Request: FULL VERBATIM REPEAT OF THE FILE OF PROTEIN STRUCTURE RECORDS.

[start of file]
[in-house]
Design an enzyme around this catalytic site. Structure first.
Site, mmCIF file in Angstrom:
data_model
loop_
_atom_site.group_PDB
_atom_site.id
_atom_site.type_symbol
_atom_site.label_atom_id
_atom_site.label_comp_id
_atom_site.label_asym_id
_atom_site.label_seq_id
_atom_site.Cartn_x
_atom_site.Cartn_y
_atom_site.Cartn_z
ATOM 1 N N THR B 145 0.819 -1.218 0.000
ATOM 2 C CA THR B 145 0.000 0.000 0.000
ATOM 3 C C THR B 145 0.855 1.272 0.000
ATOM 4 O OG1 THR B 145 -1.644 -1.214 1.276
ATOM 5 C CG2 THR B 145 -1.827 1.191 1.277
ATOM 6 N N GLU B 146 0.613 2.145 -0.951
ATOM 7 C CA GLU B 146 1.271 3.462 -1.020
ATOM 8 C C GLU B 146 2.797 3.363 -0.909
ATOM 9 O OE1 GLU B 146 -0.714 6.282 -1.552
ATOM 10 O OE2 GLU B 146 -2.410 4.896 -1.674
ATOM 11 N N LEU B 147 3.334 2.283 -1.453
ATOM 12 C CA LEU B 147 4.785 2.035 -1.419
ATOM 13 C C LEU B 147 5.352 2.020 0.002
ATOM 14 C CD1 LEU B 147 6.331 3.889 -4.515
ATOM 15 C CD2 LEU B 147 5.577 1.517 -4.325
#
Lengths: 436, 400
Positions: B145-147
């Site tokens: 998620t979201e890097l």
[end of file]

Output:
[in-house]
Design an enzyme around this catalytic site. Structure first.
Site, mmCIF file in Angstrom:
data_model
loop_
_atom_site.group_PDB
_atom_site.id
_atom_site.type_symbol
_atom_site.label_atom_id
_atom_site.label_comp_id
_atom_site.label_asym_id
_atom_site.label_seq_id
_atom_site.Cartn_x
_atom_site.Cartn_y
_atom_site.Cartn_z
ATOM 1 N N THR B 145 0.819 -1.218 0.000
ATOM 2 C CA THR B 145 0.000 0.000 0.000
ATOM 3 C C THR B 145 0.855 1.272 0.000
ATOM 4 O OG1 THR B 145 -1.644 -1.214 1.276
ATOM 5 C CG2 THR B 145 -1.827 1.191 1.277
ATOM 6 N N GLU B 146 0.613 2.145 -0.951
ATOM 7 C CA GLU B 146 1.271 3.462 -1.020
ATOM 8 C C GLU B 146 2.797 3.363 -0.909
ATOM 9 O OE1 GLU B 146 -0.714 6.282 -1.552
ATOM 10 O OE2 GLU B 146 -2.410 4.896 -1.674
ATOM 11 N N LEU B 147 3.334 2.283 -1.453
ATOM 12 C CA LEU B 147 4.785 2.035 -1.419
ATOM 13 C C LEU B 147 5.352 2.020 0.002
ATOM 14 C CD1 LEU B 147 6.331 3.889 -4.515
ATOM 15 C CD2 LEU B 147 5.577 1.517 -4.325
#
Lengths: 436, 400
Positions: B145-147
């Site tokens: 998620t979201e890097l």